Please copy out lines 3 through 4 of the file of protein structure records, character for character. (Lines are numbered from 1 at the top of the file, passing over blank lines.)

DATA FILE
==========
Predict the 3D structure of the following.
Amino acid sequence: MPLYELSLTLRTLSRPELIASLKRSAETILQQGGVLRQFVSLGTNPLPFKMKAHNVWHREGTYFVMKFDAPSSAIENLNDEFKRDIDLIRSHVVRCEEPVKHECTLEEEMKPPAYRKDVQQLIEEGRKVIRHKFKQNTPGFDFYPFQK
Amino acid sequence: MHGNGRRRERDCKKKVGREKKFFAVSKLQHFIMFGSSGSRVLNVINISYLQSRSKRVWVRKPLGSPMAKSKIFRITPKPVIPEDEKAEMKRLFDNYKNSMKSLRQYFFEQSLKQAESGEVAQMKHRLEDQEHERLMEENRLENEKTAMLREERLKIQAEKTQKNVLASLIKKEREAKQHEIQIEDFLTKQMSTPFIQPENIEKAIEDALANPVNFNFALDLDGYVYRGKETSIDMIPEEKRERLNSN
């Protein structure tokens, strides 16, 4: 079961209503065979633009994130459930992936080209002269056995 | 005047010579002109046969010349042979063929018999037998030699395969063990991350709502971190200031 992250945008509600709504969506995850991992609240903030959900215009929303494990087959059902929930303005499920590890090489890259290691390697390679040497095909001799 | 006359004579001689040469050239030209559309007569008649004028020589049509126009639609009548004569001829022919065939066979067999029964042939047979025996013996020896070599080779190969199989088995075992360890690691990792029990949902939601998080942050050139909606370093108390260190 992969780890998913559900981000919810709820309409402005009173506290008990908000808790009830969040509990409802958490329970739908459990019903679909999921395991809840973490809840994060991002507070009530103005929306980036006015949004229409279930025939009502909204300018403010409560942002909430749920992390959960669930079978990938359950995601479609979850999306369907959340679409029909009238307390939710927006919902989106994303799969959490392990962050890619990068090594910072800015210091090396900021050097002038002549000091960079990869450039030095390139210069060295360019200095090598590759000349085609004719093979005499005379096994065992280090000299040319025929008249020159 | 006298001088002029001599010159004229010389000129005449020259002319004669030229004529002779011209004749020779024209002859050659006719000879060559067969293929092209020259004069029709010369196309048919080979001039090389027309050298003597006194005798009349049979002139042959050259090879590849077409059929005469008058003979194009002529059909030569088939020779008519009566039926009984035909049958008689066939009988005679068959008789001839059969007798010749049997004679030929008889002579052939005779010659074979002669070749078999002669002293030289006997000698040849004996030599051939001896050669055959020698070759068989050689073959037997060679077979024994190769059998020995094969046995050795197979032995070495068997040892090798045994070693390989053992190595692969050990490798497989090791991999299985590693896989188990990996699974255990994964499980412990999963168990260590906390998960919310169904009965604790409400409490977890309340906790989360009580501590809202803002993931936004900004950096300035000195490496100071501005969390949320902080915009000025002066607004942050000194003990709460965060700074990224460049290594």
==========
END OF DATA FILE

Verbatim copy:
Amino acid sequence: MHGNGRRRERDCKKKVGREKKFFAVSKLQHFIMFGSSGSRVLNVINISYLQSRSKRVWVRKPLGSPMAKSKIFRITPKPVIPEDEKAEMKRLFDNYKNSMKSLRQYFFEQSLKQAESGEVAQMKHRLEDQEHERLMEENRLENEKTAMLREERLKIQAEKTQKNVLASLIKKEREAKQHEIQIEDFLTKQMSTPFIQPENIEKAIEDALANPVNFNFALDLDGYVYRGKETSIDMIPEEKRERLNSN
């Protein structure tokens, strides 16, 4: 079961209503065979633009994130459930992936080209002269056995 | 005047010579002109046969010349042979063929018999037998030699395969063990991350709502971190200031 992250945008509600709504969506995850991992609240903030959900215009929303494990087959059902929930303005499920590890090489890259290691390697390679040497095909001799 | 006359004579001689040469050239030209559309007569008649004028020589049509126009639609009548004569001829022919065939066979067999029964042939047979025996013996020896070599080779190969199989088995075992360890690691990792029990949902939601998080942050050139909606370093108390260190 992969780890998913559900981000919810709820309409402005009173506290008990908000808790009830969040509990409802958490329970739908459990019903679909999921395991809840973490809840994060991002507070009530103005929306980036006015949004229409279930025939009502909204300018403010409560942002909430749920992390959960669930079978990938359950995601479609979850999306369907959340679409029909009238307390939710927006919902989106994303799969959490392990962050890619990068090594910072800015210091090396900021050097002038002549000091960079990869450039030095390139210069060295360019200095090598590759000349085609004719093979005499005379096994065992280090000299040319025929008249020159 | 006298001088002029001599010159004229010389000129005449020259002319004669030229004529002779011209004749020779024209002859050659006719000879060559067969293929092209020259004069029709010369196309048919080979001039090389027309050298003597006194005798009349049979002139042959050259090879590849077409059929005469008058003979194009002529059909030569088939020779008519009566039926009984035909049958008689066939009988005679068959008789001839059969007798010749049997004679030929008889002579052939005779010659074979002669070749078999002669002293030289006997000698040849004996030599051939001896050669055959020698070759068989050689073959037997060679077979024994190769059998020995094969046995050795197979032995070495068997040892090798045994070693390989053992190595692969050990490798497989090791991999299985590693896989188990990996699974255990994964499980412990999963168990260590906390998960919310169904009965604790409400409490977890309340906790989360009580501590809202803002993931936004900004950096300035000195490496100071501005969390949320902080915009000025002066607004942050000194003990709460965060700074990224460049290594």